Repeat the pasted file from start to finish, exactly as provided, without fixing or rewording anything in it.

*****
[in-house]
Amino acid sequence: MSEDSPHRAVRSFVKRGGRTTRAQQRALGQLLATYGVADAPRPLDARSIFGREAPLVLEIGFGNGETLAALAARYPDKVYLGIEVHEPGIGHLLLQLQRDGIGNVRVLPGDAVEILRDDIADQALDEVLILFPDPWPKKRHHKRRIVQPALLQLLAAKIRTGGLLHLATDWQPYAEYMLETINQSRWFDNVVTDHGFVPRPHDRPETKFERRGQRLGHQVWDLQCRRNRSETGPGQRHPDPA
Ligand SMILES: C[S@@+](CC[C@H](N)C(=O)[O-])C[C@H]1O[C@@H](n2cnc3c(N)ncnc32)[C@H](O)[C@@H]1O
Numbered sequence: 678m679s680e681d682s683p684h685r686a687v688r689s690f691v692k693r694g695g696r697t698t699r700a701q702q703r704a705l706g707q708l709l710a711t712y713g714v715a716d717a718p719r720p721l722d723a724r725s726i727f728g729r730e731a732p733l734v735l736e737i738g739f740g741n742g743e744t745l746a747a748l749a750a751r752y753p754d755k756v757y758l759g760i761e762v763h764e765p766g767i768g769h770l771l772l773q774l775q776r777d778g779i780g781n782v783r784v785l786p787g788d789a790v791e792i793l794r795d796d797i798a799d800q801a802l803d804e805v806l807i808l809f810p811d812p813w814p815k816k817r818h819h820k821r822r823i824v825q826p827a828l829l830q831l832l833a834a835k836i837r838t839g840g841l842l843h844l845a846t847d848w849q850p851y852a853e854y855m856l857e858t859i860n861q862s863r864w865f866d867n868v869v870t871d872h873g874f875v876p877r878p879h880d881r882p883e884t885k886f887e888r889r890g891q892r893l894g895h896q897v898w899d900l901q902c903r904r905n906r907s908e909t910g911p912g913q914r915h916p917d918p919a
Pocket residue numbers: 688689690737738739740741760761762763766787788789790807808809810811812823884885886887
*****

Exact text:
[in-house]
Amino acid sequence: MSEDSPHRAVRSFVKRGGRTTRAQQRALGQLLATYGVADAPRPLDARSIFGREAPLVLEIGFGNGETLAALAARYPDKVYLGIEVHEPGIGHLLLQLQRDGIGNVRVLPGDAVEILRDDIADQALDEVLILFPDPWPKKRHHKRRIVQPALLQLLAAKIRTGGLLHLATDWQPYAEYMLETINQSRWFDNVVTDHGFVPRPHDRPETKFERRGQRLGHQVWDLQCRRNRSETGPGQRHPDPA
Ligand SMILES: C[S@@+](CC[C@H](N)C(=O)[O-])C[C@H]1O[C@@H](n2cnc3c(N)ncnc32)[C@H](O)[C@@H]1O
Numbered sequence: 678m679s680e681d682s683p684h685r686a687v688r689s690f691v692k693r694g695g696r697t698t699r700a701q702q703r704a705l706g707q708l709l710a711t712y713g714v715a716d717a718p719r720p721l722d723a724r725s726i727f728g729r730e731a732p733l734v735l736e737i738g739f740g741n742g743e744t745l746a747a748l749a750a751r752y753p754d755k756v757y758l759g760i761e762v763h764e765p766g767i768g769h770l771l772l773q774l775q776r777d778g779i780g781n782v783r784v785l786p787g788d789a790v791e792i793l794r795d796d797i798a799d800q801a802l803d804e805v806l807i808l809f810p811d812p813w814p815k816k817r818h819h820k821r822r823i824v825q826p827a828l829l830q831l832l833a834a835k836i837r838t839g840g841l842l843h844l845a846t847d848w849q850p851y852a853e854y855m856l857e858t859i860n861q862s863r864w865f866d867n868v869v870t871d872h873g874f875v876p877r878p879h880d881r882p883e884t885k886f887e888r889r890g891q892r893l894g895h896q897v898w899d900l901q902c903r904r905n906r907s908e909t910g911p912g913q914r915h916p917d918p919a
Pocket residue numbers: 688689690737738739740741760761762763766787788789790807808809810811812823884885886887